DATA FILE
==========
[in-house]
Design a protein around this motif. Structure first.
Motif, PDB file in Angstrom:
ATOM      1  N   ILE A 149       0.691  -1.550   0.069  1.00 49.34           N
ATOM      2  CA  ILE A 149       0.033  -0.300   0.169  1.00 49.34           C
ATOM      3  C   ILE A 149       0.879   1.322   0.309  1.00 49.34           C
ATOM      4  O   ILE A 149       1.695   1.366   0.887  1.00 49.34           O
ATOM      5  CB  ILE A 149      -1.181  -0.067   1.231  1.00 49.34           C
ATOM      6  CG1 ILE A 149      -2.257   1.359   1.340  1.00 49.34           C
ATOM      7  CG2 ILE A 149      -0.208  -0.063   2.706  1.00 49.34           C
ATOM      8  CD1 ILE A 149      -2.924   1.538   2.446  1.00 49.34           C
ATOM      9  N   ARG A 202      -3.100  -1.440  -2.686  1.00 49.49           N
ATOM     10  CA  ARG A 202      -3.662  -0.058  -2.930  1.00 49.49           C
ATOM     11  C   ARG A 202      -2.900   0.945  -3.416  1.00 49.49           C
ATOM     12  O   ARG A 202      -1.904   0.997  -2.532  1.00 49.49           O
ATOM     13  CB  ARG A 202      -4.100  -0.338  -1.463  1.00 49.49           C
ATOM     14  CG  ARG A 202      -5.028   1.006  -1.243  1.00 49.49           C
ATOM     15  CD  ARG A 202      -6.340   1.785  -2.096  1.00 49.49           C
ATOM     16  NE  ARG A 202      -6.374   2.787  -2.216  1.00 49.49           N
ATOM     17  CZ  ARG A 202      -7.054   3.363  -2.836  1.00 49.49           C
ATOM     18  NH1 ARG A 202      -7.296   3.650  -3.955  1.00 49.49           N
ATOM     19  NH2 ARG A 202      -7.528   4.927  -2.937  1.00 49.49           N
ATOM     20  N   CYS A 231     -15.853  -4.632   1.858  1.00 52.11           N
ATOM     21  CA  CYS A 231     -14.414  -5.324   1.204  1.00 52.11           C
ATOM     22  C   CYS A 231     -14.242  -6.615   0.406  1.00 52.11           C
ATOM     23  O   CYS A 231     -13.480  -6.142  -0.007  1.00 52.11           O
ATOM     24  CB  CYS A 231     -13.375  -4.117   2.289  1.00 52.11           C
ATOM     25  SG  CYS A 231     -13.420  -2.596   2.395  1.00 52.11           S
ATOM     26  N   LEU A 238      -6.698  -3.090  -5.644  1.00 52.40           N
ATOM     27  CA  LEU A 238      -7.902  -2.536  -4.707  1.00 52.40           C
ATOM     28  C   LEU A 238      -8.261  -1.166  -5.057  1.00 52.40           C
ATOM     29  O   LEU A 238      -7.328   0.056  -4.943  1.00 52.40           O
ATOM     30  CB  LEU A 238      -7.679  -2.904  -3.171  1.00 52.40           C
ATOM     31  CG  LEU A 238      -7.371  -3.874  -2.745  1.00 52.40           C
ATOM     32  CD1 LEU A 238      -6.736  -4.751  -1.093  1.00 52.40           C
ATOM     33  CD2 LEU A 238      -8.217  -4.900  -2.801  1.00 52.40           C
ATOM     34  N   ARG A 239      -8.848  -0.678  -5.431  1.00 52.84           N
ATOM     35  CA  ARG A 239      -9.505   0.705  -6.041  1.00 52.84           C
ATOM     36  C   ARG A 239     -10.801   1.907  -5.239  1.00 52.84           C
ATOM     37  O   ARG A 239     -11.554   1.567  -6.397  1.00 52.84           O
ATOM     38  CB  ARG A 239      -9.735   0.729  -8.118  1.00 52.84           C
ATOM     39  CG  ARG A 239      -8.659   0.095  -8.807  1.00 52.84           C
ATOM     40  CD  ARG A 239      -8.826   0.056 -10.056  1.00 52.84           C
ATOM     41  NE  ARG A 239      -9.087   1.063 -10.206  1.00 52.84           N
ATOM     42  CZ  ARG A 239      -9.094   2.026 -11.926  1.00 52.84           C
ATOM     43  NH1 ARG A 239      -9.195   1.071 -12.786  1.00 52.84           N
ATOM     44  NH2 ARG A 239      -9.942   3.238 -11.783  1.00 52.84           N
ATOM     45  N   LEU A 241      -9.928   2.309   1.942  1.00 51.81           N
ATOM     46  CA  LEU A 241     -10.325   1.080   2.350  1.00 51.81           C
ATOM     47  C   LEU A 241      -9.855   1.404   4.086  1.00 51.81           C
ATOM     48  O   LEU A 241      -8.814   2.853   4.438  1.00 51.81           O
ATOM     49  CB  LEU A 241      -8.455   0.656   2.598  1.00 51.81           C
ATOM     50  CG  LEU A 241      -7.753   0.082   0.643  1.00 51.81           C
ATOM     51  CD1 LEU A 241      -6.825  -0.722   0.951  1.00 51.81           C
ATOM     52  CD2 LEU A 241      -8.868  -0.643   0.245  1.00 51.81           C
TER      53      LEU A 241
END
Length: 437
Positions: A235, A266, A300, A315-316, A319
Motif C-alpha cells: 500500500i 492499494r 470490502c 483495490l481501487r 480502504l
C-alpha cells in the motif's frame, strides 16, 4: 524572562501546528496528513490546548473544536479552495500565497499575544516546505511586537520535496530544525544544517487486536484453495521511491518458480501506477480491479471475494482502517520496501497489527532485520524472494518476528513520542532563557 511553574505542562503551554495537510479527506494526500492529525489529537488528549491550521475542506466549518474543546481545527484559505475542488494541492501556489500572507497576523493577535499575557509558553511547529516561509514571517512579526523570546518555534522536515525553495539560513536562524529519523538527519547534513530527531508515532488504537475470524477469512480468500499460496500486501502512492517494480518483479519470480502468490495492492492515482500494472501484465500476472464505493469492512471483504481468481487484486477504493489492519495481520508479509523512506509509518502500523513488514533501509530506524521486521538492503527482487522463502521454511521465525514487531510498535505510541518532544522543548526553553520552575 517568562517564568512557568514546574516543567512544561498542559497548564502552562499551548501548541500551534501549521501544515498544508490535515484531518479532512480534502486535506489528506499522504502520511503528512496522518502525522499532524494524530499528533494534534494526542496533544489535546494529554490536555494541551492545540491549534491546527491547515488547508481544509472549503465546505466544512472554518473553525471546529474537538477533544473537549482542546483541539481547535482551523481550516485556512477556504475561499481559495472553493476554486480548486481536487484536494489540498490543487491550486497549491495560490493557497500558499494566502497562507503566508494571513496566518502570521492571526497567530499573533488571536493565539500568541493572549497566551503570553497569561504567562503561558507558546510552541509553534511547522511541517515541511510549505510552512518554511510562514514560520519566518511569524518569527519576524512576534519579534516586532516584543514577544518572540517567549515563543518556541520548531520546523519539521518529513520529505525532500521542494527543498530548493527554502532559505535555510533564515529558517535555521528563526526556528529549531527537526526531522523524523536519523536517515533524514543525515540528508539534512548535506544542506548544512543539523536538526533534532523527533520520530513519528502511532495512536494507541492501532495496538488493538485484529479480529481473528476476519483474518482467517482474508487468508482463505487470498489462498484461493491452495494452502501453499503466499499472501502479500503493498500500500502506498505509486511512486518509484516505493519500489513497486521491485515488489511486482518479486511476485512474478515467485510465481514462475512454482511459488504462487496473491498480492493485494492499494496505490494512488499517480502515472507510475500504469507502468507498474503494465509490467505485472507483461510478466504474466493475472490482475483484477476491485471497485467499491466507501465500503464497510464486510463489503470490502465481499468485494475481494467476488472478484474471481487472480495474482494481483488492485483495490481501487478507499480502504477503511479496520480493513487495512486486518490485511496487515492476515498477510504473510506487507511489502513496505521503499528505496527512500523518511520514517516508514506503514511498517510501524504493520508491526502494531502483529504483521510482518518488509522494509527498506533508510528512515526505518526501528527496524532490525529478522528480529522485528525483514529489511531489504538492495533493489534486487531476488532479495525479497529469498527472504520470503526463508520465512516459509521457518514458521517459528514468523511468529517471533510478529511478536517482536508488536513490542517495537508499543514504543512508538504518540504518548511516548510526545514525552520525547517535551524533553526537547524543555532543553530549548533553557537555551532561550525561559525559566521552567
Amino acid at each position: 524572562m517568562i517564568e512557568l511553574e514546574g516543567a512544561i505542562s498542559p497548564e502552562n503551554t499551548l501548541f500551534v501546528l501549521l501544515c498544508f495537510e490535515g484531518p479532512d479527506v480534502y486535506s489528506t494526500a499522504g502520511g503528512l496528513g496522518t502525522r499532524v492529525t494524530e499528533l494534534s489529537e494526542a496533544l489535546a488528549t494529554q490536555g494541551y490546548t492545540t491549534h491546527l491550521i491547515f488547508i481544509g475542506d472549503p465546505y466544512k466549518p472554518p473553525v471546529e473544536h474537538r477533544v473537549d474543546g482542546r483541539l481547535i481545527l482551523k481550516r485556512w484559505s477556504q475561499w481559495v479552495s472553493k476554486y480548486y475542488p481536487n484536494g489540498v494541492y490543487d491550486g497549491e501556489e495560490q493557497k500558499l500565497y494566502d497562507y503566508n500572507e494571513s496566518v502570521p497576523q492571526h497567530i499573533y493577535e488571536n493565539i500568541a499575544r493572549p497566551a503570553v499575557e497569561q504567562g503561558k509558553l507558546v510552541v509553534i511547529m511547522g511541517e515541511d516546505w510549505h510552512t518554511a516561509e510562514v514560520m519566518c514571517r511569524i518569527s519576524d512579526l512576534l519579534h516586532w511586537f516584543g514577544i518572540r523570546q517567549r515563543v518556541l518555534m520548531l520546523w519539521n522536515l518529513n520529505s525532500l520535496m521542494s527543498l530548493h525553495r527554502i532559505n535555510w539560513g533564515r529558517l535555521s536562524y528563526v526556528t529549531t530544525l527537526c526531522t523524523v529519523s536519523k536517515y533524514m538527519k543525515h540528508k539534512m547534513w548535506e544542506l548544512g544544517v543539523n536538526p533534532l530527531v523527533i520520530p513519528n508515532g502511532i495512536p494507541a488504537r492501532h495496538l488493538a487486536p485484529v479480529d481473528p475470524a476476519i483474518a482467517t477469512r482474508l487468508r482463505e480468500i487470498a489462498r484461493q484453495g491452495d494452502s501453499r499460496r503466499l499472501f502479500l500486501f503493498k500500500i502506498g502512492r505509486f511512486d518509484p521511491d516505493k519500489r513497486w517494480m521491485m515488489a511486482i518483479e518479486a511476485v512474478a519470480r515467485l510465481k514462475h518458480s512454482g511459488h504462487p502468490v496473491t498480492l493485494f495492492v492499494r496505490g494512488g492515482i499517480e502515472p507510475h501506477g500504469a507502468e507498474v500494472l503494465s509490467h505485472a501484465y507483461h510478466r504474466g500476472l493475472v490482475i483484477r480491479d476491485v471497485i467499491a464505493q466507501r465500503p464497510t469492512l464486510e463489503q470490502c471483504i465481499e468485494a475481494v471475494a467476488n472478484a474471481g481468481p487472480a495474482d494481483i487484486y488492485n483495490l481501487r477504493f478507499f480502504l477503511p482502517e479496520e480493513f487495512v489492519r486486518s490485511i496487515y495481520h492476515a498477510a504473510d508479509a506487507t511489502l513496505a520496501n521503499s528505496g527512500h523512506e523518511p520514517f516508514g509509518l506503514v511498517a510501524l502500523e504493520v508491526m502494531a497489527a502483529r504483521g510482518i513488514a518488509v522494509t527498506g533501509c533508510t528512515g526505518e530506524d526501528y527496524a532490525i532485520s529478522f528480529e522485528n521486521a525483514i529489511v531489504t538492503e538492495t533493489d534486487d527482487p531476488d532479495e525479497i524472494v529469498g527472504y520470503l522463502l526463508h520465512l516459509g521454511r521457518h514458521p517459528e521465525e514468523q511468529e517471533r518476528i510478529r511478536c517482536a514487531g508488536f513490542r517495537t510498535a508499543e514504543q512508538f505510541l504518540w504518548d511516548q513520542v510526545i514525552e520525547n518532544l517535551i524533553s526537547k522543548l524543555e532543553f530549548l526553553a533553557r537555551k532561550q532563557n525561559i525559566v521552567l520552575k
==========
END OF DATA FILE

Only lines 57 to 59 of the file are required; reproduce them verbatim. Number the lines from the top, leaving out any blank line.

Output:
END
Length: 437
Positions: A235, A266, A300, A315-316, A319